Though it tells an unusual story, "A Map of Virtue" feels as unassuming as an afternoon in a Williamsburg coffee shop. Set designer Marsha Ginsberg and lighting designer Tyler Micoleau have made the most of 4th Street Theatre's deep black box, keeping it empty and slowly revealing every possible entrance and lighting effect as the play's secrets unfold. Ultimately, they give director Ken Rus Schmoll, whose staging is equally supple and precise, a much more expansive space than the one with which they begin.
Neither the design nor the performances call attention to themselves, seducing with skill not spectacle. Though there is no weak performance, the women are the most memorable. Annie McNamara puts her steely presence to good use as the play's disturbed villain, while Striar wrings charm from her character's neuroses.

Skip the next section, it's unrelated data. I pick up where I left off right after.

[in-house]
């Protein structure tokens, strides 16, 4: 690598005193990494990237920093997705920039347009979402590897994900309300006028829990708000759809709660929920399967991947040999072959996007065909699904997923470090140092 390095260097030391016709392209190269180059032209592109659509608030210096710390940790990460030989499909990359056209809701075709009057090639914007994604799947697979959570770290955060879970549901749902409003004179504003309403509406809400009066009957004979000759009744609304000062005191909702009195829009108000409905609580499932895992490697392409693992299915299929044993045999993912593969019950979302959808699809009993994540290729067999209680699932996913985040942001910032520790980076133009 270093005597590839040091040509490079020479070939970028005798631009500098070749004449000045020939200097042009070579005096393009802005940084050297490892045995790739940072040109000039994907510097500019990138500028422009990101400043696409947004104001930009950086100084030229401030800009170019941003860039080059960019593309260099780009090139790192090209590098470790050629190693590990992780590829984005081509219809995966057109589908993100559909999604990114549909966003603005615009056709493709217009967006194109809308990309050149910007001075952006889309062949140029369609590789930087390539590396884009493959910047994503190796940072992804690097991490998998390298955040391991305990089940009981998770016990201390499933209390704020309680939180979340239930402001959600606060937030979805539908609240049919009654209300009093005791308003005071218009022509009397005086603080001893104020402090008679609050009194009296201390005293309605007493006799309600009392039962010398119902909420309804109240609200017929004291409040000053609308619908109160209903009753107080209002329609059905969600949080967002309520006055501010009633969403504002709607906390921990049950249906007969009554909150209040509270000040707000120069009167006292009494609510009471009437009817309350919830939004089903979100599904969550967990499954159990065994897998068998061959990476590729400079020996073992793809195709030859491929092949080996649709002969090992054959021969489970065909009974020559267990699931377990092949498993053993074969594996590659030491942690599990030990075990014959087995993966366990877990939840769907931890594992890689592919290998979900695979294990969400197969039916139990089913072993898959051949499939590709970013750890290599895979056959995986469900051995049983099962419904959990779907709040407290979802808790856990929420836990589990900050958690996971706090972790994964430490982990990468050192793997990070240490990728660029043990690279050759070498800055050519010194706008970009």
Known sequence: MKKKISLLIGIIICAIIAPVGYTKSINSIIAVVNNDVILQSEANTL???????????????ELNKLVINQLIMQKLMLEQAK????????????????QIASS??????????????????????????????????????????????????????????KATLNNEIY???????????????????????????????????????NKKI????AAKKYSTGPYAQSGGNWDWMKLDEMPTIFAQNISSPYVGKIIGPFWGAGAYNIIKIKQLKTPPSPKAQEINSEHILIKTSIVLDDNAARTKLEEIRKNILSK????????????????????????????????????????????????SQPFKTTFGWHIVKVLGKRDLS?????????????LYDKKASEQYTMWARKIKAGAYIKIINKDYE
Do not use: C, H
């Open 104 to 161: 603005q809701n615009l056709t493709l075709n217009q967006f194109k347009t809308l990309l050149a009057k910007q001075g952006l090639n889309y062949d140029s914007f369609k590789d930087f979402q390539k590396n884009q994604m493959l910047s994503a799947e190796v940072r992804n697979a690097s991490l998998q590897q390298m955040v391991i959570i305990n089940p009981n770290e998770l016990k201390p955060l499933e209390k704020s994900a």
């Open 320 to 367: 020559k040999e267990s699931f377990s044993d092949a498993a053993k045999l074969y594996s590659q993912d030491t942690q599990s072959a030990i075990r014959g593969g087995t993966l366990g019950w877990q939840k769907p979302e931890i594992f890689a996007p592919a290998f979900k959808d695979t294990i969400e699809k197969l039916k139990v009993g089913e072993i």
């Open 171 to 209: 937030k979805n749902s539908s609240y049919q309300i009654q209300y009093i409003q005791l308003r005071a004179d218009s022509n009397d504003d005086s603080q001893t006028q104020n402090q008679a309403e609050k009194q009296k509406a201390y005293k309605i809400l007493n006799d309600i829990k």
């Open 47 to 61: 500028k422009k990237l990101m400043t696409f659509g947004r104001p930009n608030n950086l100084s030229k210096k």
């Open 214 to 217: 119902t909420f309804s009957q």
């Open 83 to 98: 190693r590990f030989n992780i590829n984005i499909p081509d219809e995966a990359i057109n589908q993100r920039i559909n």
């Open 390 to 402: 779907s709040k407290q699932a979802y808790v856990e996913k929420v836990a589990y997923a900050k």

Courtney is a painter when she's not writing for the theater, but the language and circular structure of her play are those of a poet. Though her ostensible subject is virtue—how we define it and live up to it—the play is more properly about connection. With a Hitchcockian sensibility, she makes psychodrama out of the mystery of what keeps people together even as imaginations and egos push them apart. Like a souvenir from a fleeting dream, this play will pass over you painlessly, and then it will linger.
Presented by 13P at 4th Street Theatre, 83 E. Fourth St, NYC. Feb. 12–25. Tue.–Sat., 8 p.m. (212) 352-3101, (866) 811-4111, www.theatermania.com, or www.13p.org. Casting by Kelly Gillespie.